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Many computational studies generate an array of solutions for a design problem paired with their structural or daylighting performance. An enormous investment of effort and computational time is required to create these simulation-based datasets. However, the generated data is usually bound to the specific case studies they were created to explore. Can this data be useful for application to other design cases? This study employed a generative algorithm to fill a database with perforated shell structures covering a courtyard. A shell by Heinz Isler was chosen to be mapped onto the generated solution space based on its performance. The study found that this method is effective for predicting daylight performance, while structural performance modifications can be a source of inspiration for designing other structural forms.
In this work, a computational interdisciplinary design approach is used to integrate assessment of the structural and environmental performance of perforated concrete shell structures. Design parameters that co-exist in these disciplines and relevant performance criteria are identified. Questions result: how do these design parameters affect performance? What is the tradeoff between performance in each? Computer-aided design tools are used for form generation and performance assessment. Statistical analyses are used to study the sensitivity of performance to each parameter. Finally, the perforation ratio is found to be the most significant parameter affecting both disciplines; a value ≤ 10% to 20% is recommended for shell structures when translucent glazing is installed without shades in a Boston-type climate.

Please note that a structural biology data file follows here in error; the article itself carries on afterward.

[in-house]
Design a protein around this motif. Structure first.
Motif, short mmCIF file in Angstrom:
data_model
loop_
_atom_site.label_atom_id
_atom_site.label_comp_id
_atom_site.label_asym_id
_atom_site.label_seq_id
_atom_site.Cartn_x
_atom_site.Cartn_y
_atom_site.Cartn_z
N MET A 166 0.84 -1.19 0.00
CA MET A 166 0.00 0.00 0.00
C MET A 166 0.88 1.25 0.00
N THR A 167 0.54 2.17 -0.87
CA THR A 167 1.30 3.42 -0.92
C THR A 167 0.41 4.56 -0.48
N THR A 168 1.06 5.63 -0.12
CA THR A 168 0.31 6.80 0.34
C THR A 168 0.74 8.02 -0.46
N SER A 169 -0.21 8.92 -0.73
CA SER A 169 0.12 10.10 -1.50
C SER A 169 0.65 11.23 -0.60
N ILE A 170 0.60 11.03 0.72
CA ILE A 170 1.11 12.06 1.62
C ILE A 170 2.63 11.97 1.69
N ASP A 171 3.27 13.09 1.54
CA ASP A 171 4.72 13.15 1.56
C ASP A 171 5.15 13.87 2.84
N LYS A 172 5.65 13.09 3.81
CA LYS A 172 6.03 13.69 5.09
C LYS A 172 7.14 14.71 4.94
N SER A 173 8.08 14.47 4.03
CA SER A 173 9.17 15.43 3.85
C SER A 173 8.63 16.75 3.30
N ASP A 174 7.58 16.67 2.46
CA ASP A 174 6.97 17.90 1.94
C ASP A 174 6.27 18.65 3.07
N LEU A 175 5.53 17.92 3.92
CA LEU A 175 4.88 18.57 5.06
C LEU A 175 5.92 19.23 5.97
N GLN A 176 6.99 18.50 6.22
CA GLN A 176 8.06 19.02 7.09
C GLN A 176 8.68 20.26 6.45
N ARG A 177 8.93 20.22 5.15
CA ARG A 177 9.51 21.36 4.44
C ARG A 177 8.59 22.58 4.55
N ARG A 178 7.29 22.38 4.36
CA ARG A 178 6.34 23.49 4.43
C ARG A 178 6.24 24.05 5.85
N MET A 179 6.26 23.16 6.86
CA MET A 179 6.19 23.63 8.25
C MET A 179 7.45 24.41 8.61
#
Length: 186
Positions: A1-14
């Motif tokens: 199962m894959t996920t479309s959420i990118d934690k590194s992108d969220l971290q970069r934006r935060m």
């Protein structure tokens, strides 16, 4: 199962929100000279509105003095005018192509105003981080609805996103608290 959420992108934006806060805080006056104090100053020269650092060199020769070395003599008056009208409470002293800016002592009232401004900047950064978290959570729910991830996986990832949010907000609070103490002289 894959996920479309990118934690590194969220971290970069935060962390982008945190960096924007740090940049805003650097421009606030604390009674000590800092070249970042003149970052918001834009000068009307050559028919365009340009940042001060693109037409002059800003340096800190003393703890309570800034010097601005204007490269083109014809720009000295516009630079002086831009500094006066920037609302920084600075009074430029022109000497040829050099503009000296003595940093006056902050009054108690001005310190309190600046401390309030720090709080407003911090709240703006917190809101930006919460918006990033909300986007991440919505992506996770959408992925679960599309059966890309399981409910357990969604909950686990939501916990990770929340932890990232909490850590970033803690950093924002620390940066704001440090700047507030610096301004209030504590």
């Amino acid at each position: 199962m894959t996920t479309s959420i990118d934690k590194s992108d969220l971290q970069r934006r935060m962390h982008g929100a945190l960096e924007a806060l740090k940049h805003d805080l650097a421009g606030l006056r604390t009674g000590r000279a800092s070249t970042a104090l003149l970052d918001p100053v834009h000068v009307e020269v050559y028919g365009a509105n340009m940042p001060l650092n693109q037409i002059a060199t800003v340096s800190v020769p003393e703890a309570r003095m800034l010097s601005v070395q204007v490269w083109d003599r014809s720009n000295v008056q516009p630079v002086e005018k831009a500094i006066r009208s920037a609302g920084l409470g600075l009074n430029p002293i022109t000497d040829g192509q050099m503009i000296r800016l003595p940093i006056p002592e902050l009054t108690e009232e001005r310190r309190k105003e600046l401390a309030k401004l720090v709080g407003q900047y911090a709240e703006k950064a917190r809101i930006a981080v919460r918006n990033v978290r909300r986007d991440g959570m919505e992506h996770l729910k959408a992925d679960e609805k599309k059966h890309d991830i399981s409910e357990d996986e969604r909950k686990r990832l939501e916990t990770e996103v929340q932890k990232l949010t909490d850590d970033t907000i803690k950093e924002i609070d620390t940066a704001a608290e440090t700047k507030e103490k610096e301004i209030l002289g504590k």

With the advancement of computational design tools paired with performance assessment technologies, taking an interdisciplinary design approach at the early stages of design is largely facilitated. The Master Builder whose role has been fragmented between multiple professionals of many disciplines is being recreated, this time by facilitating seamless collaboration among a plethora of minds and perspectives. In this mode of collaboration, studying disciplinary tradeoffs also becomes part of the design process. This calls for a new design approach with an understanding of other disciplines. A building needs to stand up and needs to be illuminated, thus the structural and daylighting disciplines are associated with the purpose of architectural design. Despite the interaction between the two, there is little research showing the overlaps. Understanding this integration helps designers better understand how making a decision affects other stakeholders. This dissertation is at the intersection of computational design, structural performance, and daylighting performance assessment. Shells are the ideal typology for investigating this interrelation as their form is related with force flow, while adding holes to the shell’s surface not only introduces daylight but also affects force flow thus structural performance. By employing a computational interdisciplinary design approach, and by choosing perforated concrete shell structures as the main structural typology, I ask: How can the designer identify the design parameters that are shared between the discipline of architecture and an engineering discipline? What are the design parameters that co-exist in the structural and daylighting design disciplines? How may these parameters be used by designers? How do the design parameters affect performance in structural and daylighting discipline? What is the tradeoff between performance in structural and daylighting design? How can the results of a specific design case be useful for application to other design cases that do not necessarily have the same boundary conditions? This research demonstrates how daylighting performance can be affected in the design of shell structures, a typology that is mainly driven by its structural design criteria in the literature. Also important is its demonstration of how a continuous shell can be perforated to the point at which becomes a grid shell; therefore, continuous and grid shells are two ends of a spectrum rather than two distinct structural typologies. A high-level significance of this dissertation is its marriage of the structural and daylighting disciplines and demonstration of how the two are closely related in shells by the perforation ratio. I find that perforation ratio is the most significant parameter that affects both disciplines and a number between 10% to 20% is the recommended limit for shell structures when translucent glazing is installed without any external or internal shading. One of the most significant contributions of this research is its methodological approach, which uses a formalized framework for categorizing design parameters in the structural and daylighting disciplines and then identifying overlapping design parameters. This design method, presented as a roadmap is the fundamental new component arising from this research. The final contribution of this dissertation explores how a generated solution space may become useful for other design projects which do not necessarily have the exact same boundary conditions. By abstracting the boundary conditions of new projects to match those in the solution space, the designer can examine possibilities and compare how making a decision in one field may affect performance in other fields.